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The Next Big Thing: Margo Seibert Travels From Tamar of the River to Broadway's Rocky

A chat with the young performer, who’s about to make a splash in New York City. Big time. logo

The name Margo Seibert doesn't ring a bell to most theatergoers; now, at least. In six months, however, she is poised to become the toast of Broadway. In February, Seibert will make her Broadway and major New York City debut in Rocky, Lynn Ahrens and Stephen Flaherty's highly anticipated musical adaptation of the iconic Sylvester Stallone film, at the Winter Garden Theatre.

But first up for this graduate of American University (with a degree in International Relations, naturally) is the musical in which she currently stars, Prospect Theater Company's Tamar of the River, running through October 19 at Baruch Performing Arts Center. Seibert, whose voice can flawlessly run the scales and not miss a single note, takes on the title role, a young woman from a war-torn world who is called forth to create peace.

TheaterMania chatted with Seibert about her experiences and precisely why the next few months will be the most exciting moments in this young performer's life.

Margo Seibert
(© Matthew Murphy)

Were you familiar with the biblical story behind Tamar of the River before coming aboard this production?
Only barely. As much as I read it, I realized it wasn't actually that helpful. We use the same names and a suggestion to the time period, but [that's it]. It used to end in a similar way [as the bible story] — she found out she was pregnant with Judah's child. That doesn't happen anymore. When you work on a new musical and you have so many changes that happen, you also find yourself ending up really exploring it when you're running the show in front of audiences. Which is fun. And nerve-racking. And super fun. [laughs]

You've been with the production for quite some time.
I've been really fortunate to workshop it for a few years…The show has changed...I feel pretty good about it now that the changes have stopped. We cut out a seven-minute sequence, a double song-scene thing. I think it's hugely helpful. Luckily, [director] Danny [Goldstein] was like "let's try this cut" and it worked really well.

His staging is so unique, with you and your fellow actors performing the show on a runway in between seating areas. Can you see the audience? Does that affect you as a performer?
Sometimes I can. I have a few moments, especially when I speechify to them, when I turn around and see a face I recognize. For the most part I don't. I'm always trying to stay conscious of whether or not I'm really blocking off one side from seeing what's going on. You forget sometimes. When I was younger, I worked in the round for a long time, which was great training. But every once in a while, I'm like "I'll just scoop my body over here and hope the left side doesn't miss anything." I've never worked on a runway style stage, but it's so much fun. [Goldstein] has a really awesome eye for the potential.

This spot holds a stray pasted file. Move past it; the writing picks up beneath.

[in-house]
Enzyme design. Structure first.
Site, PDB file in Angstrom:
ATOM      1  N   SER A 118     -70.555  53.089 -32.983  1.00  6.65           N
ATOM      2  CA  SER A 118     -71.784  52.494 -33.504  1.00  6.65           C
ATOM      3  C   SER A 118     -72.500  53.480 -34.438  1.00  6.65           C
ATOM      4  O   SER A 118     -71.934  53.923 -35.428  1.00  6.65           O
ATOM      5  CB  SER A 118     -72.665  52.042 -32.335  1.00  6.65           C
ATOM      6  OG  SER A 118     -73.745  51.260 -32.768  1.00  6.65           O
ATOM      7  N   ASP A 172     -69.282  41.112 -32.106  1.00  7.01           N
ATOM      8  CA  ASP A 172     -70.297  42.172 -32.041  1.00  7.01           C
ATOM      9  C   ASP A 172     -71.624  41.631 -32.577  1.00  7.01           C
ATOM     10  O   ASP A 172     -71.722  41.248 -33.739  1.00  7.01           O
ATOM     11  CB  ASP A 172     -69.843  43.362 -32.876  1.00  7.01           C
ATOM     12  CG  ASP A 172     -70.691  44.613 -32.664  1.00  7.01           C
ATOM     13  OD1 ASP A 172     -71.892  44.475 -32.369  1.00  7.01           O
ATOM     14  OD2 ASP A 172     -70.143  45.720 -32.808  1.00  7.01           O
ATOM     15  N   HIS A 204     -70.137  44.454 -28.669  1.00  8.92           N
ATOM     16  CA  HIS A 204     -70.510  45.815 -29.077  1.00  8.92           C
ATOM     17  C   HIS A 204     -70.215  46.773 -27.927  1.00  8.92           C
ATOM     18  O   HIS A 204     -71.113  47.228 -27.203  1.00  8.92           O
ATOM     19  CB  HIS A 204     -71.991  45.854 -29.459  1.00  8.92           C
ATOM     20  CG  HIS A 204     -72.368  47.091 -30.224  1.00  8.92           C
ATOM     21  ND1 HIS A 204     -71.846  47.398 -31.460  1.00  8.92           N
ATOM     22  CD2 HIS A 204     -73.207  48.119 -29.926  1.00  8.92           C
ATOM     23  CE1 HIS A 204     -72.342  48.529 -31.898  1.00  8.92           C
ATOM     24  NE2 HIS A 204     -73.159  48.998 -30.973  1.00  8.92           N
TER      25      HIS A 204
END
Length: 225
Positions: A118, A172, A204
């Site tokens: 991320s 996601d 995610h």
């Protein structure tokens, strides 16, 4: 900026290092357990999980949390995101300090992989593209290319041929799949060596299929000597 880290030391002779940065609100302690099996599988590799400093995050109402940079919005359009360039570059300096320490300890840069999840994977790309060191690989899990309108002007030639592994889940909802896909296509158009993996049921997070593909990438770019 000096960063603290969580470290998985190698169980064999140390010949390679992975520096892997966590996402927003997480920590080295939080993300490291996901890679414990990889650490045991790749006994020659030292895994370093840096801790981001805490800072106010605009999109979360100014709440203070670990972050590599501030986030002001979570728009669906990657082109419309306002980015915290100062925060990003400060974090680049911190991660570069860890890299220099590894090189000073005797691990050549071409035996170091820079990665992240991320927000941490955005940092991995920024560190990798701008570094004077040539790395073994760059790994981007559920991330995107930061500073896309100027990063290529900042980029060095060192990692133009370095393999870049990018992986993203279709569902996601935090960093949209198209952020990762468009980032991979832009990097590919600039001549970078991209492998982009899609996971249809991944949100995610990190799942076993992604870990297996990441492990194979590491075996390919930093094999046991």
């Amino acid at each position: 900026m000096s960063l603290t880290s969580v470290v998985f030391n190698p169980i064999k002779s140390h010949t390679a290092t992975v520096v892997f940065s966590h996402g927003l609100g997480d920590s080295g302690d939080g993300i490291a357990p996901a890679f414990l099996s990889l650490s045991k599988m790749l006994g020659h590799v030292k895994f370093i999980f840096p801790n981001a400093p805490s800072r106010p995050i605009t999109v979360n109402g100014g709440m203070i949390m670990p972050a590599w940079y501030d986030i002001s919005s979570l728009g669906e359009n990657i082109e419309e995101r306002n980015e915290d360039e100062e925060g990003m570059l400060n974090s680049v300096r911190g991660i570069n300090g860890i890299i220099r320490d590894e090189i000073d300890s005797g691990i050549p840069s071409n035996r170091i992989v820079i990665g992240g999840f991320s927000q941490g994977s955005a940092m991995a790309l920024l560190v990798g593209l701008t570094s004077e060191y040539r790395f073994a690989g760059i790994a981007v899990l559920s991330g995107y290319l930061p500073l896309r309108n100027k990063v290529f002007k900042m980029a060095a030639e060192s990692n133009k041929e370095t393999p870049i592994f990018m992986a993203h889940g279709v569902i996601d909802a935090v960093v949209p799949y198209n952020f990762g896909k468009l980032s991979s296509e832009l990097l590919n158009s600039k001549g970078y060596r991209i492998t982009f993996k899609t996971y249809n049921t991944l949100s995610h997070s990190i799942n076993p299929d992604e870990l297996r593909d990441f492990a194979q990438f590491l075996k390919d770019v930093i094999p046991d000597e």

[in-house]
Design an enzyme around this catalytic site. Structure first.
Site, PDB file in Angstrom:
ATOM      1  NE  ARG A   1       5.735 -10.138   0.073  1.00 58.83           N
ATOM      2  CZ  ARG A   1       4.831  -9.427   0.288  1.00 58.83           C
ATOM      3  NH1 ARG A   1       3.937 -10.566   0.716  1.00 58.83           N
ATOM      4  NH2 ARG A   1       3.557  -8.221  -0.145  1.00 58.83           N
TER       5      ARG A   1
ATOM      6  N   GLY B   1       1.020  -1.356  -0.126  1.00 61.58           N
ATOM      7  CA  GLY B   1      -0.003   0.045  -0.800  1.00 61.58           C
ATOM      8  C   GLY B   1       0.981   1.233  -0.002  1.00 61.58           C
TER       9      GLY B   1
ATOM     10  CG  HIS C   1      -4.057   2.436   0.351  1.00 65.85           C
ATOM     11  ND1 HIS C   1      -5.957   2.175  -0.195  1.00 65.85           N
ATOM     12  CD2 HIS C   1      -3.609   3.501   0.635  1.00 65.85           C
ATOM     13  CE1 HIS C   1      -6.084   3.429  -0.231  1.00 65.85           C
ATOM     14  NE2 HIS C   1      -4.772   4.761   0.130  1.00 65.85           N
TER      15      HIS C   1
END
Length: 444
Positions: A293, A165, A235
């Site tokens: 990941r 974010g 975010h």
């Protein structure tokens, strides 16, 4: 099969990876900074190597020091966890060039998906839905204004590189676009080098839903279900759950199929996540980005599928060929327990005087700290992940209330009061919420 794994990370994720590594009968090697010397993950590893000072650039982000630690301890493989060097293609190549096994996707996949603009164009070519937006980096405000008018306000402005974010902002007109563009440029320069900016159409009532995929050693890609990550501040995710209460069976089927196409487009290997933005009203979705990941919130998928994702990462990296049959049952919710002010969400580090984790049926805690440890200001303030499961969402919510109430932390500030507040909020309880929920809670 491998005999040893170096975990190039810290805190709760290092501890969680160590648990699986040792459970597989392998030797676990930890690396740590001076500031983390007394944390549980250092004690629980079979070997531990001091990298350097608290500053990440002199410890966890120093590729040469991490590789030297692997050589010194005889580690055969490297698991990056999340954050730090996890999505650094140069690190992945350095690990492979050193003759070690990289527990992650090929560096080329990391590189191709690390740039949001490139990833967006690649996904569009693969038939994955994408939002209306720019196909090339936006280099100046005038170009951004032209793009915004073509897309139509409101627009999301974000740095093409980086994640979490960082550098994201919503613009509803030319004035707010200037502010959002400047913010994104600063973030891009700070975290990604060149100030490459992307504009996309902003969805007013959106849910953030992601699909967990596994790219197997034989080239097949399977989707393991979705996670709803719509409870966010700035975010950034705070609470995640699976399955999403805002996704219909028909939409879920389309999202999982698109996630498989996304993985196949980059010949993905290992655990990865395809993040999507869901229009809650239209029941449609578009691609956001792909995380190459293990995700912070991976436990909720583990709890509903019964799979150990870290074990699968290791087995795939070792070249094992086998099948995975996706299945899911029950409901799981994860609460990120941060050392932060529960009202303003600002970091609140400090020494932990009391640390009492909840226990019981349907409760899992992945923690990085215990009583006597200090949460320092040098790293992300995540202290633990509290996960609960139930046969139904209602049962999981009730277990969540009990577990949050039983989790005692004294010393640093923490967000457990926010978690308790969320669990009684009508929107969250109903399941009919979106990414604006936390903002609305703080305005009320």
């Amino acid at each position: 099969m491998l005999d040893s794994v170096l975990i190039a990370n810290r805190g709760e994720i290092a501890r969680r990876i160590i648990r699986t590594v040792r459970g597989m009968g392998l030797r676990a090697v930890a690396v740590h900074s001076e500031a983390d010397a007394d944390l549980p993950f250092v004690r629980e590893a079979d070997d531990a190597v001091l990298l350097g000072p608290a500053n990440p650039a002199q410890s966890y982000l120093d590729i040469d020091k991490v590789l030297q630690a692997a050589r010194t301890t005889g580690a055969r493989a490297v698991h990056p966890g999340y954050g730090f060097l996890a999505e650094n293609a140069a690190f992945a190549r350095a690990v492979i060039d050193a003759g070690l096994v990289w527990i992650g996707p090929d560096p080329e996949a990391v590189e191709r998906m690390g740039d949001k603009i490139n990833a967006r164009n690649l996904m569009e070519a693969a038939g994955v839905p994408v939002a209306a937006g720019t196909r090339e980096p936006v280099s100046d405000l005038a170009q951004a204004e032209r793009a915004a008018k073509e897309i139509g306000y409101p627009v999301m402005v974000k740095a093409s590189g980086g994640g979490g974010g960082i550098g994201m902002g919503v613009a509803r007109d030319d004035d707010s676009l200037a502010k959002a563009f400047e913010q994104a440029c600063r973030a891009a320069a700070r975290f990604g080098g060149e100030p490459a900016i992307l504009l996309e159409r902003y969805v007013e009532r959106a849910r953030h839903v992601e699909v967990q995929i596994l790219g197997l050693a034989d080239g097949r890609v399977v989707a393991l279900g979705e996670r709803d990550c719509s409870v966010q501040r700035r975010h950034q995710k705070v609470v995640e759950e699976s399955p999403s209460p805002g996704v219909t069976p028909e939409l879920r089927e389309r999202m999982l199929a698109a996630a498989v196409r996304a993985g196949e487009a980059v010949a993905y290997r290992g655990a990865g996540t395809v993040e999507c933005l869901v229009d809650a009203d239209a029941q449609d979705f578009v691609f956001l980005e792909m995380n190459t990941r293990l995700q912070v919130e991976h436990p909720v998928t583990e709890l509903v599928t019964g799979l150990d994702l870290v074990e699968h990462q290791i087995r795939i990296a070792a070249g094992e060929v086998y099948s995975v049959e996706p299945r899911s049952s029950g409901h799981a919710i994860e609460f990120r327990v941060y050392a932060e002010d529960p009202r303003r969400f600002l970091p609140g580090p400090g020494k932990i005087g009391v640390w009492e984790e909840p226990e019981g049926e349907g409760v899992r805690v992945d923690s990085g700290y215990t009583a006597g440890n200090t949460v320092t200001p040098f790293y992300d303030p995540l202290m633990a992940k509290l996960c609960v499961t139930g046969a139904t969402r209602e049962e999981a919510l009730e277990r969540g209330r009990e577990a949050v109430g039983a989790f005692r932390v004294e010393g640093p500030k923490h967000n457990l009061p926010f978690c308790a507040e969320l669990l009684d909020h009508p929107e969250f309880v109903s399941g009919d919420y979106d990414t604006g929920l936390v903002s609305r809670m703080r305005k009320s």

You're onstage for most of the piece, and the score seems incredibly taxing to sing, at one point requiring you to do vocal runs of the scales. How long did it take you to learn?
It's taken a while. Three years ago, when we were given the opportunity to do the workshop at Signature [in Washington, DC], I started working with [Tamar composer] Marisa Michelson, meeting with her in her apartment. She has a very specific way of working. It was discouraging because I was intimidated. Now, three years later, she's my voice teacher. Being able to work on a piece of music for that long totally serves the piece. I don't have to think about hitting the notes of those runs. Tamar is saying she's crying; it's the feeling of somebody crying but it's expressed in this very musical way. It's very fun to sing. When I'm working on new pieces and working with new composers, if a piece really gets to me, it's because the singing and speaking merge so flawlessly that you are okay with it being expressed in song.

Is that something that drew you to Rocky?
When you hear something like that, when you hear you're gonna go in and audition for this musical, I don't know how you can not be skeptical. Then I received the material and I was like, "This is beautiful." The music is gorgeous, and all I have heard from people is how much they enjoyed it and how simple it was. The script is so good. The craziest thing is that I had no connection to the piece whatsoever. I didn't know it was going on, I didn't know anybody on the team. My agents called me and I went in and they saw me eight times. I was like "Okay, I must be doing something right that they need to see me again."

What about Rocky is going to surprise audiences the most?
What I hope people are super surprised by is the heart of it. There's a reason that Stallone had such an amazing career based on the writing of this movie. People identify as these characters. I'm hoping that comes across in the musical. It's incredibly important in this telling of the story…maybe I'm saying that because I'm involved with this part of [it].

What are you looking forward to most?
I'm looking forward to being privy to this kind of experience at this level, and what that means. Getting the opportunity to work with Alex [Timbers] and Lynn [Ahrens] and Stephen [Flaherty]. How we create a new musical, even though it's a piece that people know. I've had the opportunity to work really closely with writers before, especially in the NYU Graduate in Musical Theater program. I don't know what that means for Rocky, but so far, even in the audition room, Alex is really letting me make my own choices and take chances. I'm really looking forward to that in the rehearsal process. And how many changes we have. How the audience responds. To play such an iconic character. I hope I do her justice.


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